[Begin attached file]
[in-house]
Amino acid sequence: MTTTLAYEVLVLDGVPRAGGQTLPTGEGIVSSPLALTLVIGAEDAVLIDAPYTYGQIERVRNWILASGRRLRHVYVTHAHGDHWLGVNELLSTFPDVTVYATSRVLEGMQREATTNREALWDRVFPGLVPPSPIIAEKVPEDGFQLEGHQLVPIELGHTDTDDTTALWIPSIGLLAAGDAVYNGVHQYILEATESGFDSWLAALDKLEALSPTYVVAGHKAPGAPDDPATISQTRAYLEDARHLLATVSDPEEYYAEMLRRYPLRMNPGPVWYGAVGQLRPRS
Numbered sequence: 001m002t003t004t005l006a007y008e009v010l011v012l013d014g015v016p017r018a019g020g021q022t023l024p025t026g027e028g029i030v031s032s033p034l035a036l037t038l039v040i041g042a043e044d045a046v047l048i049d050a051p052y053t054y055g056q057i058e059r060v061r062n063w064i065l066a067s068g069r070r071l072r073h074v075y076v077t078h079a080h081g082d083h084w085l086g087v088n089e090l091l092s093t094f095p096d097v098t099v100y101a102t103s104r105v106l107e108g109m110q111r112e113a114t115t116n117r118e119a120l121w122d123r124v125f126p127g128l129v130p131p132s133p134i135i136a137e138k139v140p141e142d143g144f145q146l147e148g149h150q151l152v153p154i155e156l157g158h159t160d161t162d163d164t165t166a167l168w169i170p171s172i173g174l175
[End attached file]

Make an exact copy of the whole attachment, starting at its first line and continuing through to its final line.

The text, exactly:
[in-house]
Amino acid sequence: MTTTLAYEVLVLDGVPRAGGQTLPTGEGIVSSPLALTLVIGAEDAVLIDAPYTYGQIERVRNWILASGRRLRHVYVTHAHGDHWLGVNELLSTFPDVTVYATSRVLEGMQREATTNREALWDRVFPGLVPPSPIIAEKVPEDGFQLEGHQLVPIELGHTDTDDTTALWIPSIGLLAAGDAVYNGVHQYILEATESGFDSWLAALDKLEALSPTYVVAGHKAPGAPDDPATISQTRAYLEDARHLLATVSDPEEYYAEMLRRYPLRMNPGPVWYGAVGQLRPRS
Numbered sequence: 001m002t003t004t005l006a007y008e009v010l011v012l013d014g015v016p017r018a019g020g021q022t023l024p025t026g027e028g029i030v031s032s033p034l035a036l037t038l039v040i041g042a043e044d045a046v047l048i049d050a051p052y053t054y055g056q057i058e059r060v061r062n063w064i065l066a067s068g069r070r071l072r073h074v075y076v077t078h079a080h081g082d083h084w085l086g087v088n089e090l091l092s093t094f095p096d097v098t099v100y101a102t103s104r105v106l107e108g109m110q111r112e113a114t115t116n117r118e119a120l121w122d123r124v125f126p127g128l129v130p131p132s133p134i135i136a137e138k139v140p141e142d143g144f145q146l147e148g149h150q151l152v153p154i155e156l157g158h159t160d161t162d163d164t165t166a167l168w169i170p171s172i173g174l175